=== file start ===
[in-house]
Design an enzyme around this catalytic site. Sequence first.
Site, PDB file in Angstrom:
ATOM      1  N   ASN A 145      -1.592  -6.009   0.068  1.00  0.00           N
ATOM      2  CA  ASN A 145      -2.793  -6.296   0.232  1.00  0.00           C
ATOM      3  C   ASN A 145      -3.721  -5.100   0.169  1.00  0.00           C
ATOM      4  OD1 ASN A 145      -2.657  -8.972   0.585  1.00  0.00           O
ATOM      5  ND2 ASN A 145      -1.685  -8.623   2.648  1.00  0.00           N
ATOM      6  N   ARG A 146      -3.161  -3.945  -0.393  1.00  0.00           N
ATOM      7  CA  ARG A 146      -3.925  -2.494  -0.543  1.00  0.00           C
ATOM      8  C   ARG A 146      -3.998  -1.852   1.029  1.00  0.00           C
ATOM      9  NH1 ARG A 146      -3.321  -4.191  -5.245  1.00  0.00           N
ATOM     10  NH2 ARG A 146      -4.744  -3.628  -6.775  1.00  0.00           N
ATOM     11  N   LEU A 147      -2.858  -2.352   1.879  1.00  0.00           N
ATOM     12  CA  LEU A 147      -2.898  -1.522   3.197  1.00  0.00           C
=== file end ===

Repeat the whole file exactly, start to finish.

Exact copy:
[in-house]
Design an enzyme around this catalytic site. Sequence first.
Site, PDB file in Angstrom:
ATOM      1  N   ASN A 145      -1.592  -6.009   0.068  1.00  0.00           N
ATOM      2  CA  ASN A 145      -2.793  -6.296   0.232  1.00  0.00           C
ATOM      3  C   ASN A 145      -3.721  -5.100   0.169  1.00  0.00           C
ATOM      4  OD1 ASN A 145      -2.657  -8.972   0.585  1.00  0.00           O
ATOM      5  ND2 ASN A 145      -1.685  -8.623   2.648  1.00  0.00           N
ATOM      6  N   ARG A 146      -3.161  -3.945  -0.393  1.00  0.00           N
ATOM      7  CA  ARG A 146      -3.925  -2.494  -0.543  1.00  0.00           C
ATOM      8  C   ARG A 146      -3.998  -1.852   1.029  1.00  0.00           C
ATOM      9  NH1 ARG A 146      -3.321  -4.191  -5.245  1.00  0.00           N
ATOM     10  NH2 ARG A 146      -4.744  -3.628  -6.775  1.00  0.00           N
ATOM     11  N   LEU A 147      -2.858  -2.352   1.879  1.00  0.00           N
ATOM     12  CA  LEU A 147      -2.898  -1.522   3.197  1.00  0.00           C